U.S. soldier Bowe Bergdahl, whose return this week from Taliban captivity fuelled controversy after five militants were released from Guanatanamo Bay in exchange, apparently wandered away from his military base on several previous occasions both at a training range in California and at his remote outpost in Afghanistan – and then returned, according to a leaked, classified military report.
Attributed to “people briefed” on the report the New York Times said that Sergeant Bergdahl, “most likely walked away of his own free will from his outpost in the dark of night… for a short adventure amid an environment of lax security and discipline,” and then ended up getting captured by hostile forces.
The prisoner swap came under fire, including from Republicans on Capitol Hill, after accounts by Sgt. Bergdahl’s former colleagues suggested that he may have been a deserter or even enemy collaborator, and the soldier’s father was noted to have been sending supportive messages to a Taliban spokesperson on Twitter.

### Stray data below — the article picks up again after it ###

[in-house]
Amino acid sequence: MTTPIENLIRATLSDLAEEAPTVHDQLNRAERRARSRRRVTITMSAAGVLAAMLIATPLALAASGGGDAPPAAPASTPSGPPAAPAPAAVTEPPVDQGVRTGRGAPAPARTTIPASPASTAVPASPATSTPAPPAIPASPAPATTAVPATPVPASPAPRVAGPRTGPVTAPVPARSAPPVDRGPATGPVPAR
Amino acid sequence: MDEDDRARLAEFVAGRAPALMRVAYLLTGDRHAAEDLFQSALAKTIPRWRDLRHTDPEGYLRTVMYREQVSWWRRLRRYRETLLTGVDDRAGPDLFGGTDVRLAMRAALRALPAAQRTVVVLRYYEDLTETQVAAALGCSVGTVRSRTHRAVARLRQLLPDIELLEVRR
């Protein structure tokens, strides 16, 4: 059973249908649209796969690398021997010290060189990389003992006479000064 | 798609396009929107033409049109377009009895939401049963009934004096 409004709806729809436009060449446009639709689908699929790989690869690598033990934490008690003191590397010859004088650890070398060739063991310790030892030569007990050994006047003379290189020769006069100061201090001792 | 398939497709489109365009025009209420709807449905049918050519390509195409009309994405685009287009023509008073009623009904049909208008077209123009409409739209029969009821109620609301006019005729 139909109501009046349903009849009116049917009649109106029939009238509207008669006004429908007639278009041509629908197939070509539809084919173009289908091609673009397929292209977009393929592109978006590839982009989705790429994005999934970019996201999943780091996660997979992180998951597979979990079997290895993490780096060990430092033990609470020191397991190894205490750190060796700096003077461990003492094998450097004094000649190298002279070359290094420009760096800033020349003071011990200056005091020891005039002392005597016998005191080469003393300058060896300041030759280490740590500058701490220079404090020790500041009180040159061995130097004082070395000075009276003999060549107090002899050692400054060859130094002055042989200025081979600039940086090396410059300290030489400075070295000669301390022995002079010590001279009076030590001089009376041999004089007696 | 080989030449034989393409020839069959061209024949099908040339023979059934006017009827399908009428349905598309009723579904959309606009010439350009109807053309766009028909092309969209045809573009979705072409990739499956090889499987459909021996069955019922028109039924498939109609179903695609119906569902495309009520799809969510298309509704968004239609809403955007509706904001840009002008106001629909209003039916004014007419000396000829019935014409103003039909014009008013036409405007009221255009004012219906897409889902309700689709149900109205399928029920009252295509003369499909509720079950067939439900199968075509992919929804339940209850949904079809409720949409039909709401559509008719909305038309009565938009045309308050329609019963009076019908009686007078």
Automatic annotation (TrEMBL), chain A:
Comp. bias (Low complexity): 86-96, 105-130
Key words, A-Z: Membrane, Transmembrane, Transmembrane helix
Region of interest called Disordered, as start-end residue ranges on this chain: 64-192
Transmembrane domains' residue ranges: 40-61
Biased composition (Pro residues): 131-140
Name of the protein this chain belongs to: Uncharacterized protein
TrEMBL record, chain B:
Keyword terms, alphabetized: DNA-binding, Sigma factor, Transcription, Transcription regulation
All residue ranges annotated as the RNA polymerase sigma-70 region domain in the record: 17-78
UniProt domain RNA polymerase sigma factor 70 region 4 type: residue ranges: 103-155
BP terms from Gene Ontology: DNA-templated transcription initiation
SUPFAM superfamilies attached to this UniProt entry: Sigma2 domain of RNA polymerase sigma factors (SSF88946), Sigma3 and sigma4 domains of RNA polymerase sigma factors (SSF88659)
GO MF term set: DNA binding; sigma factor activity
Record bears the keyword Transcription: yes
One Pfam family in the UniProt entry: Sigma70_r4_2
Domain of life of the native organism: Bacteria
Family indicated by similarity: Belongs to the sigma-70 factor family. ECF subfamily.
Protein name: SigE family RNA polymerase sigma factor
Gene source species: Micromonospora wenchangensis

Although the Pentagon declined to comment on the leaked classified report the NYT pointed out that the investigation into Sgt. Bergdahl’s conduct concluded that “He may have taken a shorter unauthorised walk outside the concertina wire of his combat outpost in eastern Afghanistan before he left for good, in an episode that was apparently not reported up the chain of command.”
The internal Pentagon report was apparently authored in July and August of 2009 based on extensive interviews with members of Sgt. Bergdahl’s unit, including his squad leader, platoon leader, and company and battalion commanders.
Although some senior lawmakers including Senator Dianne Feinstein of the Select Committee on Intelligence said that a White House official had called to apologise for not giving Congress the mandatory 30-day notice before undertaking the prisoner swap, the administration hit back at criticism on Thursday and the President said he made “absolutely no apologies” for the way Sgt. Bowe Bergdahl was returned from Afghanistan.